“Every horse should have a daily ration of oats…”
“Arabians can’t eat alfalfa…”
“You’re using that feed? It’s so expensive; you should use this one instead.”
Sound familiar? Hang around your local feedstore for an hour or two, and you’re bound to hear as many different opinions about how to feed your horse as there are people to share them. But guess what? What you hear around the “feedstore water cooler” isn’t always best. While there are probably as many different acceptable feeding plans as there are opinions on the subject, there are just as many feeding mistakes. In fact, some diets can be downright dangerous.
I’m going to introduce you to some of my equine patients, and will tell you about their diet-related health problems. You’ll learn what mistakes you should avoid, and what you can do instead. Then, you can refer to my list of feeding “do’s and don’ts” on page 44 for some simple feeding rules.
Freddy is a 12-year-old Quarter Horse gelding, dearly loved by his elderly owner who trail rides once or twice each week. He lives in the Pacific Northwest where he’s kept on a lush green pasture year-round. He’s also fed two flakes of grass hay twice daily, and two pounds of a concentrate ration every night along with a weight-appropriate dose of a basic vitamin supplement.
What’s the problem? Freddy’s just plain fat. His ribs are so far buried beneath a layer of fat they’re impossible to find, and he’s developed fat deposits around his sheath, along the crest of his neck, and at the head of his tail. He looks a little like the equine version of the Michelin Man.
Diet Danger: Over feeding.
Health Risks: With all that excess fat, Freddy has a high risk for developing insulin resistance, a diabetes-like condition in horses that can lead to a life-threatening founder episode if left unchecked. Not only that, but even with his moderate exercise demands, his excess weight also puts unnecessary stress on his joints, tendons, and ligaments—increasing his risk for a musculoskeletal injury.
The Solution: Freddy’s owner is literally “killing him with kindness,” and the solution is simple…feed him less. If he’s going to live on pasture year-round, a grazing muzzle would be an excellent addition to his everyday attire, especially during spring and fall months, when pasture grass is growing strong. Adjusting his hay ration according to the time of year should be another important part of his dietary management. He’d probably be fine with pasture alone if the pasture is well maintained. Finally, he really doesn’t need a concentrate at all. A handful with his vitamin supplement would be plenty.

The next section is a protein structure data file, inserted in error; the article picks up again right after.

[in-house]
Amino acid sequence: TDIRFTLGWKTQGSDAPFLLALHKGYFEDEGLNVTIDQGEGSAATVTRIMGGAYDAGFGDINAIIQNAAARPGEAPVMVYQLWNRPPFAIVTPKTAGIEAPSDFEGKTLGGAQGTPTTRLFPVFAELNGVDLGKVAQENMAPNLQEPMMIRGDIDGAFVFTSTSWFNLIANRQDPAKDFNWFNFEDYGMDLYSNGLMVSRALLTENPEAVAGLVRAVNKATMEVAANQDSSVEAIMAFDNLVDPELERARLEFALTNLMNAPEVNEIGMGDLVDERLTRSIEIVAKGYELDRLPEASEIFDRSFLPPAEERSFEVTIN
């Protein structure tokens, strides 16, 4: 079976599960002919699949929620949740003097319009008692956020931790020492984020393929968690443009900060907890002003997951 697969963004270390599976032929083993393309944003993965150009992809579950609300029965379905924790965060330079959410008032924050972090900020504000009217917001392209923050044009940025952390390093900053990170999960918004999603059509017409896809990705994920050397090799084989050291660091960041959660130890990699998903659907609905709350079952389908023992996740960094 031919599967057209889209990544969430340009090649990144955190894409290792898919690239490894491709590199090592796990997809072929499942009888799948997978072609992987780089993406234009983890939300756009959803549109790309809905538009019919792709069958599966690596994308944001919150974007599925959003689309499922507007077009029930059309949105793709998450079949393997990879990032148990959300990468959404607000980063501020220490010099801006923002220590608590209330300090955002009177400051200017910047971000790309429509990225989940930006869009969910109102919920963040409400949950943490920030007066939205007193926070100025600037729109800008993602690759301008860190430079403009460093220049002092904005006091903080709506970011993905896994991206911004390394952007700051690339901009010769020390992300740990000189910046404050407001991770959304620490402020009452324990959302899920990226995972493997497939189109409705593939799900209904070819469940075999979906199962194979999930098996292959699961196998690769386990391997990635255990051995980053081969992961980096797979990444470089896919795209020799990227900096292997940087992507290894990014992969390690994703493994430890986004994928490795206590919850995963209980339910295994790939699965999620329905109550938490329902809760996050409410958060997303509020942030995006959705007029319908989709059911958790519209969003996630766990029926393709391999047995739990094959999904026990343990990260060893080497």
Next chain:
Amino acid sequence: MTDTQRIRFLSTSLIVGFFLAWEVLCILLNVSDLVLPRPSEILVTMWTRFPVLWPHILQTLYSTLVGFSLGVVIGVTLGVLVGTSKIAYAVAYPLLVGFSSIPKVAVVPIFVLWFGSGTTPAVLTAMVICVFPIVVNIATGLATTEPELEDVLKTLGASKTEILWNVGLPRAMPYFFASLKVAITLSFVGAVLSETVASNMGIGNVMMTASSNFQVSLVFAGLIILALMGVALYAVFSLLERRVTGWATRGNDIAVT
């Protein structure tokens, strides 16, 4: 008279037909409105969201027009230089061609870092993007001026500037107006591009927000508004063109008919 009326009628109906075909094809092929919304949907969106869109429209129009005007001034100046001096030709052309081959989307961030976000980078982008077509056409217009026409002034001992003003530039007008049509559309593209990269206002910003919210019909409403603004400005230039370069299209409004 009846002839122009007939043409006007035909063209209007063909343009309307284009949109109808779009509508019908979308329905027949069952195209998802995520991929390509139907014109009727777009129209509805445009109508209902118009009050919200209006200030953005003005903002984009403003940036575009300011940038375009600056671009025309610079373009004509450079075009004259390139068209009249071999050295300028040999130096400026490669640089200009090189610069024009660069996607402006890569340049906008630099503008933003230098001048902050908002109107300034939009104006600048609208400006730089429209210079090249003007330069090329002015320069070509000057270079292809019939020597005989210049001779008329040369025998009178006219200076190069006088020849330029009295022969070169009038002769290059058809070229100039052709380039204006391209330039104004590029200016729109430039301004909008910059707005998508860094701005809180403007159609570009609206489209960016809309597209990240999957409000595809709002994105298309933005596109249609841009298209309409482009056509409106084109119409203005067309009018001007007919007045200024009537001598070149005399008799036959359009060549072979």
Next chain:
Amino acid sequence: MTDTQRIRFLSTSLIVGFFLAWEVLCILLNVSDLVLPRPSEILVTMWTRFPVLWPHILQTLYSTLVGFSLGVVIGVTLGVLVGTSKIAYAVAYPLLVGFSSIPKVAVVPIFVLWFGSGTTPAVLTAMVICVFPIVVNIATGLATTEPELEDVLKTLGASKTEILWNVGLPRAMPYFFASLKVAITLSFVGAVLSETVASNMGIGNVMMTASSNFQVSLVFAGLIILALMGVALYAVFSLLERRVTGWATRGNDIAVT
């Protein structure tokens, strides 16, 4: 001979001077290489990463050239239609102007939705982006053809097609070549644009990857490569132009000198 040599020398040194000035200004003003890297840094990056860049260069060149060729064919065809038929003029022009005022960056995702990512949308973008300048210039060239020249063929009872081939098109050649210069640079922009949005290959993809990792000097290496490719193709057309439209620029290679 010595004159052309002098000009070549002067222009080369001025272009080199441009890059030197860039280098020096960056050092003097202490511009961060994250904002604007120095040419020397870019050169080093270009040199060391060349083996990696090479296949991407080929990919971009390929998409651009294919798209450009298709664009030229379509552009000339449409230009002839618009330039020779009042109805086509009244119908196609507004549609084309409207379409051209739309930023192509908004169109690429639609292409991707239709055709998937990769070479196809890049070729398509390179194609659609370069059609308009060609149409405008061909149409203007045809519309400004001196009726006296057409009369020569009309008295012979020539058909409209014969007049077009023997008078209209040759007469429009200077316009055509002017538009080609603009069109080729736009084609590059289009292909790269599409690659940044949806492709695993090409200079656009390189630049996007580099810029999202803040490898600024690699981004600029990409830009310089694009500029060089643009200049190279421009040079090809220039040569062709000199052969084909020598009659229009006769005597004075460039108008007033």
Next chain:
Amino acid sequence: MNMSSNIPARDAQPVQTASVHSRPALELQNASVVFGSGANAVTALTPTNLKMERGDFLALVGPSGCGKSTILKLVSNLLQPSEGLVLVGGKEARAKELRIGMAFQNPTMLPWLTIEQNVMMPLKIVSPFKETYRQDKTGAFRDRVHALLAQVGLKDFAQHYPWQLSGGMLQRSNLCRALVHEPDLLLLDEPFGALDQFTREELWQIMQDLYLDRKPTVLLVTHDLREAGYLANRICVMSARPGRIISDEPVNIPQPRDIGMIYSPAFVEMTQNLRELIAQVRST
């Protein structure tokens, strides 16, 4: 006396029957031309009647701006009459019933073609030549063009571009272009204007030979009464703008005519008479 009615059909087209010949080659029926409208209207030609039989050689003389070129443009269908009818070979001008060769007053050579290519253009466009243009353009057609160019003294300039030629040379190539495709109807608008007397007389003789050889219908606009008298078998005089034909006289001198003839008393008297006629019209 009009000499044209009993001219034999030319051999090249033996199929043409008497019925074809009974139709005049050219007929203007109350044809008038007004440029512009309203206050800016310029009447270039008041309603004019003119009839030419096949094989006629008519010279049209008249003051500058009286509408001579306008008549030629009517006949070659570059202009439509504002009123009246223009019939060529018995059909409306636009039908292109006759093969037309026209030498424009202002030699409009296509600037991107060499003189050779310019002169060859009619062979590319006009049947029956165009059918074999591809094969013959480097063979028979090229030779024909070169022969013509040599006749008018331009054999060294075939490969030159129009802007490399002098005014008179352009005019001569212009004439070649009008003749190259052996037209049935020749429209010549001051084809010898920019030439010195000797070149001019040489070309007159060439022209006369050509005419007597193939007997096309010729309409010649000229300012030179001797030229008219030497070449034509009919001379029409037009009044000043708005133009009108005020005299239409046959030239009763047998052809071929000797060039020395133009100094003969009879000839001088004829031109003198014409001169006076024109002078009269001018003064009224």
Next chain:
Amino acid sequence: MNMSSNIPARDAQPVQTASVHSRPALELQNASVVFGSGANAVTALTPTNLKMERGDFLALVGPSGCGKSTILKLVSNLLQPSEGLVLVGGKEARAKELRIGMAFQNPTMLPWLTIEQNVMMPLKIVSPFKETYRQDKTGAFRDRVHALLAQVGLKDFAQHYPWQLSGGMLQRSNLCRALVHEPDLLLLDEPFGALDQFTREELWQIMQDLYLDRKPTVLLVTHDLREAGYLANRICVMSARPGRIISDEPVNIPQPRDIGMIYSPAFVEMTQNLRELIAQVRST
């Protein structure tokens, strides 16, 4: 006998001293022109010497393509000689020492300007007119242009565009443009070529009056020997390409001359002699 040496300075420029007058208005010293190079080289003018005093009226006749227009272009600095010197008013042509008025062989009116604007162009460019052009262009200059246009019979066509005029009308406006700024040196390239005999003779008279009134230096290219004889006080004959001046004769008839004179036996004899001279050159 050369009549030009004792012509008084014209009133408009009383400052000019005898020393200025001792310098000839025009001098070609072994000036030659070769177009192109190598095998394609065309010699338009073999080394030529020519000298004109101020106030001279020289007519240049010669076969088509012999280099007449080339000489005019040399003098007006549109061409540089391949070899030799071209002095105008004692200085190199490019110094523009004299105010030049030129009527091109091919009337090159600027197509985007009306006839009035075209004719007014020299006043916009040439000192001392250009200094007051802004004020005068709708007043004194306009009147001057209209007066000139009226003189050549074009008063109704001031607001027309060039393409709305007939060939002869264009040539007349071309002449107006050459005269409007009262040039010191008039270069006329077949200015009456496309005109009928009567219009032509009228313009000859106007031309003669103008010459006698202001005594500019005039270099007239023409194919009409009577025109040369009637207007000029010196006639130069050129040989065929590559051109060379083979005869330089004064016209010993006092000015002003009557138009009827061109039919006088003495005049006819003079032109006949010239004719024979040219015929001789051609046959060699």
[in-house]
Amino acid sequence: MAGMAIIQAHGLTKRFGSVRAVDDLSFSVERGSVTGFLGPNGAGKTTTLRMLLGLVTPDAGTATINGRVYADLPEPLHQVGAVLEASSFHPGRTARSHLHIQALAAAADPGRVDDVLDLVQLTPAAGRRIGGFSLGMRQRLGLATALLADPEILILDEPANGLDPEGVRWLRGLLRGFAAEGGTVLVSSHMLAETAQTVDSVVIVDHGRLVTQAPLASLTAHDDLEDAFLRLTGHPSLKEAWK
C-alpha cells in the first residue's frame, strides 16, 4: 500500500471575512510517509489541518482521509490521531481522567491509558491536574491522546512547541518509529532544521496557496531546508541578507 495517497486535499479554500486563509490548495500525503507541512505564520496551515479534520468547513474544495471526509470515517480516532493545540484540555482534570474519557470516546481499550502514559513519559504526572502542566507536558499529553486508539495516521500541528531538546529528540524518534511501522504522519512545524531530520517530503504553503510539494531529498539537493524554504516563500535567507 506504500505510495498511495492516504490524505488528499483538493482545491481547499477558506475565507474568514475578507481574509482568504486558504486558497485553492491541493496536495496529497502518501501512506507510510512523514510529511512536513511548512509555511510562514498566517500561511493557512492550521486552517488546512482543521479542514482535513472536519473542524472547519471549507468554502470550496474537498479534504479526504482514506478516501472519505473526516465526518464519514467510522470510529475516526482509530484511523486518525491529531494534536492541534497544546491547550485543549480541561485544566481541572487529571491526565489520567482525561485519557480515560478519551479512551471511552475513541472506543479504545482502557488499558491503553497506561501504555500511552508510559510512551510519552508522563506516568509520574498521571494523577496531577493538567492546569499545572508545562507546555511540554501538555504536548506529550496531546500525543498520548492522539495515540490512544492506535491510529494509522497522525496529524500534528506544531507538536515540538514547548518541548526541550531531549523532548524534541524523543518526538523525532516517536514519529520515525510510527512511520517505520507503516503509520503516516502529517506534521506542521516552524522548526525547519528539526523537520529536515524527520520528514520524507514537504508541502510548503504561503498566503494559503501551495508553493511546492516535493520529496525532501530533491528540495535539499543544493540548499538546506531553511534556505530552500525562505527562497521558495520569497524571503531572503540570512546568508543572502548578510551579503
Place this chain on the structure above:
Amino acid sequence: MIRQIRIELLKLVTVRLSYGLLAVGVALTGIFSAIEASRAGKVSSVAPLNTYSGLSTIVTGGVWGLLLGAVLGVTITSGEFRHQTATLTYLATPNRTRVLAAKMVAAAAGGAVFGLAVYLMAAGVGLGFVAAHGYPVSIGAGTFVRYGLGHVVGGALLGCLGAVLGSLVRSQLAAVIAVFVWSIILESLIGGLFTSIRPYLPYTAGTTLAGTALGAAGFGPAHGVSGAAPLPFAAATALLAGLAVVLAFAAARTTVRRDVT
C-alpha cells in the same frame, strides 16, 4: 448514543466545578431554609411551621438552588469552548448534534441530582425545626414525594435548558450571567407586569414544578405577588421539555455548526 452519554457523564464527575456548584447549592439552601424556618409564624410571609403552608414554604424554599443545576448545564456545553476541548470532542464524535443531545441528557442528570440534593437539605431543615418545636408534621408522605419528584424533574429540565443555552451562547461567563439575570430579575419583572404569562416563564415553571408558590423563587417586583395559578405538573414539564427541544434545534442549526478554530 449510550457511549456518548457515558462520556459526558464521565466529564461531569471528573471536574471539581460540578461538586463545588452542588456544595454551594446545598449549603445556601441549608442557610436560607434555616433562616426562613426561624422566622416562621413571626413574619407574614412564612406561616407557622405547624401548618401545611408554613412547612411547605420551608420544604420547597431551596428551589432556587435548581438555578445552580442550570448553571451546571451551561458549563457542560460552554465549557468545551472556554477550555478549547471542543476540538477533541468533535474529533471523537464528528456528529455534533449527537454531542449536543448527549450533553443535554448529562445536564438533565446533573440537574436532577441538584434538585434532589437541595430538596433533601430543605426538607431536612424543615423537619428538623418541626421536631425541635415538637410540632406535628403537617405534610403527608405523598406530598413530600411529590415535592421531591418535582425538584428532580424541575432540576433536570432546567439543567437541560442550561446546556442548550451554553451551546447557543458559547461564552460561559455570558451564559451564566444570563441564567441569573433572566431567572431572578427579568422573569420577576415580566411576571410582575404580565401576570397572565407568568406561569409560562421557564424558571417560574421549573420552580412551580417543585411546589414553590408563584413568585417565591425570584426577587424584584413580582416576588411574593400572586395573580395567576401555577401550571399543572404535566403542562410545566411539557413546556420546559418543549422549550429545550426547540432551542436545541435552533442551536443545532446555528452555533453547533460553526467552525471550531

Freddy’s owner should keep him at a weight where she can easily feel his ribs by running her flat hand along his side with just a little bit of pressure. Allowing him to be so fat is just plain dangerous.
Larry is a 9-year-old off-the-track Thoroughbred. His teenage owner is on her high school’s equestrian team, where she uses him mostly for jumping. She does a little bit of gaming, too, and has a pretty intense work schedule six days a week. He’s fed three flakes of grass hay twice a day, and two pounds of rolled oats.
Although Larry has plenty of energy (in fact, he’s a little high strung), his owner is really unhappy with how he looks. Even with all his hard work, he still has a big pot belly, yet she can see his ribs. And no matter how hard she tries, she can’t seem to get him muscled along his topline.
Diet Danger: Protein deficient.
Health Risks: A mature horse in hard work should have 10- to 12-percent protein in his daily ration to build muscle. Although a lack of protein may not lead to any serious health threats, Larry’s athletic potential will be limited. He also could be at risk for musculoskeletal injuries if he doesn’t have the muscling he needs to support his bones and joints.
The Solution: The protein content of grass hay can range from very low (less than 5 percent) to quite high (as much as 20 percent). The only way to know for sure is through hay analysis. If Larry’s owner discovers that her hay is low in protein, she can make up the difference by adding a flake or two of alfalfa hay (typically 15- to 20-percent protein) to his ration. And/or, she can replace his rolled oats with a commercial higher-protein concentrate ration. She can reduce the amount of grass hay in his diet as needed to maintain his weight once she starts to see the results of these diet changes.
I suspect that Larry will begin to build more muscle fairly quickly, and his ribby, pot-bellied look will soon be replaced by a sleek, athletic one. As a side benefit, Larry’s owner might notice that his “high strung” temperament will settle, as he has more sustainable energy to do his job.
Charlie is a fiery little 4-year-old Quarter Horse gelding who’s being fine-tuned as a cutting horse. His owner keeps him at home, but transports him for training to a high-end cutting trainer and maintains a heavy competition schedule. He feeds a 12-percent protein timothy hay, and a basic performance-horse concentrate ration of 3 pounds, twice a day.